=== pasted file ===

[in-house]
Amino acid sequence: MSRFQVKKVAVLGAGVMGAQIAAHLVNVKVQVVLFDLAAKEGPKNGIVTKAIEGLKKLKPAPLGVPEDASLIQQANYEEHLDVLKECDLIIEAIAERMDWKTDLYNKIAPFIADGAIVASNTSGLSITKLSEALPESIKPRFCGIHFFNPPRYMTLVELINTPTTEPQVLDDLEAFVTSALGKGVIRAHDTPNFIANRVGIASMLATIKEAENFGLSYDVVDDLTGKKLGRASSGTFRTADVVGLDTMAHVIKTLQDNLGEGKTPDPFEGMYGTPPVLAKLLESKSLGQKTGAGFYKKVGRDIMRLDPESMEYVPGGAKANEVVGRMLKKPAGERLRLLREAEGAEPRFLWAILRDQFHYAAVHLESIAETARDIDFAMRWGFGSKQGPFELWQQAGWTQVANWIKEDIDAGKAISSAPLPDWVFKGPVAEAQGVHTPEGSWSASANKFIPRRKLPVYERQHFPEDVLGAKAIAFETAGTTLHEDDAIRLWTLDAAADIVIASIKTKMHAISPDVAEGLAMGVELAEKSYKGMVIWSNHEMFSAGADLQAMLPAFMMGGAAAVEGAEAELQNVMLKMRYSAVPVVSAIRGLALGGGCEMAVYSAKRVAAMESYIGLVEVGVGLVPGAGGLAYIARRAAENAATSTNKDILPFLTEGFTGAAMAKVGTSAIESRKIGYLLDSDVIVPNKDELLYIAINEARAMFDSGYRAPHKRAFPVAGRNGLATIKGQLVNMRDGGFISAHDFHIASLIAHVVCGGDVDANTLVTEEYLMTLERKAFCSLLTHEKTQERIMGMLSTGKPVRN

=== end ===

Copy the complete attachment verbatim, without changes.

[in-house]
Amino acid sequence: MSRFQVKKVAVLGAGVMGAQIAAHLVNVKVQVVLFDLAAKEGPKNGIVTKAIEGLKKLKPAPLGVPEDASLIQQANYEEHLDVLKECDLIIEAIAERMDWKTDLYNKIAPFIADGAIVASNTSGLSITKLSEALPESIKPRFCGIHFFNPPRYMTLVELINTPTTEPQVLDDLEAFVTSALGKGVIRAHDTPNFIANRVGIASMLATIKEAENFGLSYDVVDDLTGKKLGRASSGTFRTADVVGLDTMAHVIKTLQDNLGEGKTPDPFEGMYGTPPVLAKLLESKSLGQKTGAGFYKKVGRDIMRLDPESMEYVPGGAKANEVVGRMLKKPAGERLRLLREAEGAEPRFLWAILRDQFHYAAVHLESIAETARDIDFAMRWGFGSKQGPFELWQQAGWTQVANWIKEDIDAGKAISSAPLPDWVFKGPVAEAQGVHTPEGSWSASANKFIPRRKLPVYERQHFPEDVLGAKAIAFETAGTTLHEDDAIRLWTLDAAADIVIASIKTKMHAISPDVAEGLAMGVELAEKSYKGMVIWSNHEMFSAGADLQAMLPAFMMGGAAAVEGAEAELQNVMLKMRYSAVPVVSAIRGLALGGGCEMAVYSAKRVAAMESYIGLVEVGVGLVPGAGGLAYIARRAAENAATSTNKDILPFLTEGFTGAAMAKVGTSAIESRKIGYLLDSDVIVPNKDELLYIAINEARAMFDSGYRAPHKRAFPVAGRNGLATIKGQLVNMRDGGFISAHDFHIASLIAHVVCGGDVDANTLVTEEYLMTLERKAFCSLLTHEKTQERIMGMLSTGKPVRN